Prohibition of all corporal punishment in Israel (2000)

In January 2000 the Israel Supreme Court effectively banned all parental corporal punishment, however light. One of the three judges wrote:

In the judicial, social and educational circumstances in which we live, we must not make compromises that can endanger the welfare and physical well-being of minors... If we allow 'light' violence, it might deteriorate into very serious violence. We must not endanger the physical and mental well-being of a minor with any type of corporal punishment. A truth which is worthy must be clear and unequivocal and the message is that corporal punishment is not allowed."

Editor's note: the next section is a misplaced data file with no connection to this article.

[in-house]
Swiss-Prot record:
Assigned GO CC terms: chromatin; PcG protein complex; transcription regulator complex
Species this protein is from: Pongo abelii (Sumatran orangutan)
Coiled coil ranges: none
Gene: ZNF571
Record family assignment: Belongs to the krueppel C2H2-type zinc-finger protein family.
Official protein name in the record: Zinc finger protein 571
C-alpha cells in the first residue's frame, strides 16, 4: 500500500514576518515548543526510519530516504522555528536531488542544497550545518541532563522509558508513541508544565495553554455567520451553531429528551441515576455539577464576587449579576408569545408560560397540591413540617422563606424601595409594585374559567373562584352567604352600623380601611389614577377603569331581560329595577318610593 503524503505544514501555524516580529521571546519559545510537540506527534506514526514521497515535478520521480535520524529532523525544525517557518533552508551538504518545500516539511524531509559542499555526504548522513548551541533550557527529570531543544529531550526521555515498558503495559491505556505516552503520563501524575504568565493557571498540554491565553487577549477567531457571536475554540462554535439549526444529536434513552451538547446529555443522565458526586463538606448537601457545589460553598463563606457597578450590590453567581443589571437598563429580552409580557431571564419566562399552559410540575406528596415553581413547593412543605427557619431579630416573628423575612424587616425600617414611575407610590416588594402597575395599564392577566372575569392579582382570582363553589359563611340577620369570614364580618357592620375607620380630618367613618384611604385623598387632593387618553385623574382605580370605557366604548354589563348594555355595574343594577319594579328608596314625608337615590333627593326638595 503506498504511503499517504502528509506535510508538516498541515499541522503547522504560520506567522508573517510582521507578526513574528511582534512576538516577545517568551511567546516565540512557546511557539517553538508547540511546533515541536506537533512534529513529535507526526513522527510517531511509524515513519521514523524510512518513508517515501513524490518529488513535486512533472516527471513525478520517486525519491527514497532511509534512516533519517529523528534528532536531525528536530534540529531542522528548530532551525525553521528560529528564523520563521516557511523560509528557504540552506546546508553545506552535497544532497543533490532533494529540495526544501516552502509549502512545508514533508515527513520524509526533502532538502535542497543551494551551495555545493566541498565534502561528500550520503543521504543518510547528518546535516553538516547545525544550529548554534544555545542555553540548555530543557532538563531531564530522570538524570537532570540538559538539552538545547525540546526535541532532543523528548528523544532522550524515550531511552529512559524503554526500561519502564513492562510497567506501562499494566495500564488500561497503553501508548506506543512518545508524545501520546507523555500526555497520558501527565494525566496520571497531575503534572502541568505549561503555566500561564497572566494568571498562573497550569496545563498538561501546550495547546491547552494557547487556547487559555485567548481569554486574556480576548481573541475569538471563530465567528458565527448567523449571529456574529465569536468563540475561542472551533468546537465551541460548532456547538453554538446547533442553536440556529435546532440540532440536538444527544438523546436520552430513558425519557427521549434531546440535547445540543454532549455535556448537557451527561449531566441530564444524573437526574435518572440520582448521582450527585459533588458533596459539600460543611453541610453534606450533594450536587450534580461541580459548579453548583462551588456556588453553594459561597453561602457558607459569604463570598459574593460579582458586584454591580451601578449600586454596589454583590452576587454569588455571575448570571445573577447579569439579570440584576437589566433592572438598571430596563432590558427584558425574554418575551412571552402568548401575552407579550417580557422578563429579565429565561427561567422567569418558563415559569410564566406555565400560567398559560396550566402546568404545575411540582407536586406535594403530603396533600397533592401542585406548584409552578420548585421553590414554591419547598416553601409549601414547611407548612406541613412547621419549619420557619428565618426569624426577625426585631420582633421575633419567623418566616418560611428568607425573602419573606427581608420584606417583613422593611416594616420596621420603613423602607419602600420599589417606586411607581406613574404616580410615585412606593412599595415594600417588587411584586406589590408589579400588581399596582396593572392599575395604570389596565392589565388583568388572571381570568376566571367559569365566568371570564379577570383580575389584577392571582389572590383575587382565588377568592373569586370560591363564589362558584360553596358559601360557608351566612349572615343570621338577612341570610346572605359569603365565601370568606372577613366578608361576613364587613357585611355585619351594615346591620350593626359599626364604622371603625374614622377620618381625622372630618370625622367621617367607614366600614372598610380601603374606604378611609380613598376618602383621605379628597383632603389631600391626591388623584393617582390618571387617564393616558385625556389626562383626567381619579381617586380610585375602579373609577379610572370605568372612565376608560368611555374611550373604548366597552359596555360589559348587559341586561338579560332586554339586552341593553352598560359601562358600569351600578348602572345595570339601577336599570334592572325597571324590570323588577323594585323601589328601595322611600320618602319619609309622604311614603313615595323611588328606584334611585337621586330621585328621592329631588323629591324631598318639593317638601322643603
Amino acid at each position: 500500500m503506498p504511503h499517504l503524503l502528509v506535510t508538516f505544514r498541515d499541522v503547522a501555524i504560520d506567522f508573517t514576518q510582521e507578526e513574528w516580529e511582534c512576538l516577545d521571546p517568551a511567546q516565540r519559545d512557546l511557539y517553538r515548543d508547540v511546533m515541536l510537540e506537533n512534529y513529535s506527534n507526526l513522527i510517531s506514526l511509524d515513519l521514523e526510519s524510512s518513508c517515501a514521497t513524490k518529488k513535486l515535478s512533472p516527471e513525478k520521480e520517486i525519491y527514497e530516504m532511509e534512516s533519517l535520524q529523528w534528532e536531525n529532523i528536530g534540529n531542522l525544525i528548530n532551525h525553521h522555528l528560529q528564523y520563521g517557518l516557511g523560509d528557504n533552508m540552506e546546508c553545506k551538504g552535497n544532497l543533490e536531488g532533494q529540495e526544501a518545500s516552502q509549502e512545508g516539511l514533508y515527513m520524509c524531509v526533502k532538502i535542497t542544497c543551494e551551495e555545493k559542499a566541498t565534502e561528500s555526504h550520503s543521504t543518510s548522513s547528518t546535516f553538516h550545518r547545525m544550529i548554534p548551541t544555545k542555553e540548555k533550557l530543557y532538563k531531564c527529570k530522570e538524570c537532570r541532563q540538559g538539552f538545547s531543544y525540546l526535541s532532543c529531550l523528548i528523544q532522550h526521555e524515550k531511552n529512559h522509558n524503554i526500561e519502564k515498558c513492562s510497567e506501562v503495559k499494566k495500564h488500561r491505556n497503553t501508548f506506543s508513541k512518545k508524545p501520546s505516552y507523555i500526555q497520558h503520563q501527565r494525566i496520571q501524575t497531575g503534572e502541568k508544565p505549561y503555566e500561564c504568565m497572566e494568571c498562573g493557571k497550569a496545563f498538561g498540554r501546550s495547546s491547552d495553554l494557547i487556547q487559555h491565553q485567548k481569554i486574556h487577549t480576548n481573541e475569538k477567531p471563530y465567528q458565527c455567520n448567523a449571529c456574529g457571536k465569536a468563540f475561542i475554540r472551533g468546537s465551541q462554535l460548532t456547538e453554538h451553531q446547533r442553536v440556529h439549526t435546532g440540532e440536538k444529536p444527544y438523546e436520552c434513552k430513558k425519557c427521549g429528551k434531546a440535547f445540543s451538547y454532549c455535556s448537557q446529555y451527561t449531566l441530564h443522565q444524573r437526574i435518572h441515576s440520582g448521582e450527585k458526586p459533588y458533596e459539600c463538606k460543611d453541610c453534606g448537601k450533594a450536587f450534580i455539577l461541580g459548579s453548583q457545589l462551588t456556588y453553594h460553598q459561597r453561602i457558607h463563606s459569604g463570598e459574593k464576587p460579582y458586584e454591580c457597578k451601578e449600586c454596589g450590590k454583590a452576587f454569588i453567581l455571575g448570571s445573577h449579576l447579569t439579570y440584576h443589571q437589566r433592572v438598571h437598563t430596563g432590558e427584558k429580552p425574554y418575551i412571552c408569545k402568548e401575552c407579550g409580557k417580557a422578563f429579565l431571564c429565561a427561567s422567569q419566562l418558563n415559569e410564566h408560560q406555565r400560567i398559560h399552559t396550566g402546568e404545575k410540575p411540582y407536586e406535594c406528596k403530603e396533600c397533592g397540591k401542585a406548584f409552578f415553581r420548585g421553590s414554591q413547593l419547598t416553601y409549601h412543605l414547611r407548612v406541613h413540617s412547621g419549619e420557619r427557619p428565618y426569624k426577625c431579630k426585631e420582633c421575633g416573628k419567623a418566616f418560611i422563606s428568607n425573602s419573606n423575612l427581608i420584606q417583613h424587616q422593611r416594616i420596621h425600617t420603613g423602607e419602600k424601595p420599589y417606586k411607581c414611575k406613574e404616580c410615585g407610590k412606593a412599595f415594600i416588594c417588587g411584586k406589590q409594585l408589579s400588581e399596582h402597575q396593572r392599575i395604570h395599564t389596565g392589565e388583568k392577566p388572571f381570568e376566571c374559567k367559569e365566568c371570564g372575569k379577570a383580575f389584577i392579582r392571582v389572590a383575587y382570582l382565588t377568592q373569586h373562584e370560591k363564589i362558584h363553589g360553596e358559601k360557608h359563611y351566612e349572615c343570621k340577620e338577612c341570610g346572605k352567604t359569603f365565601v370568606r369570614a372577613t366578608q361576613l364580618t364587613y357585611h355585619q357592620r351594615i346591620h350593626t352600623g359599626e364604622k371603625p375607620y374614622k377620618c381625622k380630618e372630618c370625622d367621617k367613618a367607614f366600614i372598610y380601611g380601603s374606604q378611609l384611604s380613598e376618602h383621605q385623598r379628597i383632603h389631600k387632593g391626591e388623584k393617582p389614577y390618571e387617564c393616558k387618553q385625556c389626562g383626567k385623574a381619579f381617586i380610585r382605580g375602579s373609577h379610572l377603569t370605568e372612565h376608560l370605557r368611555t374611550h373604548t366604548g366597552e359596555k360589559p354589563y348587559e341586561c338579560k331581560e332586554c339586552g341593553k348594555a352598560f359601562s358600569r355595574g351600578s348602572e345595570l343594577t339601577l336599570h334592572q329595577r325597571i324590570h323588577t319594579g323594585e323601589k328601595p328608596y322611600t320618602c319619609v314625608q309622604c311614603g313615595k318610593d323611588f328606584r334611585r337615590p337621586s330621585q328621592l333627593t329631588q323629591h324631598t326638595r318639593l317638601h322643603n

At the time the Civil Wrongs Ordinance 1944 provided a defence for the use of corporal punishment in childrearing, stating in article 24 that in respect of assault “it will be a defence if  … (7) the defendant is the parent or guardian or teacher of the plaintiff, or his or her status in regard to the plaintiff is similar to that of a parent or guardian or teacher, and he or she punished the plaintiff in an amount reasonably necessary in order that the plaintiff correct his or her behavior.” This defence was repealed in 2000, following the Supreme Court judgment.


Further information

  • Global Initiative country report for Israel


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